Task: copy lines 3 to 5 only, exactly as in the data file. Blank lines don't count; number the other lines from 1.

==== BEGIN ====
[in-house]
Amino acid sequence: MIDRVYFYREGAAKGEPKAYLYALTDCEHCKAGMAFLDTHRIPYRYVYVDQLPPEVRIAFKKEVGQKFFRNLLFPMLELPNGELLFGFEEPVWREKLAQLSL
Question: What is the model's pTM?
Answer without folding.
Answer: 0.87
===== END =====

Question: What is the model's pTM?
Answer without folding.
Answer: 0.87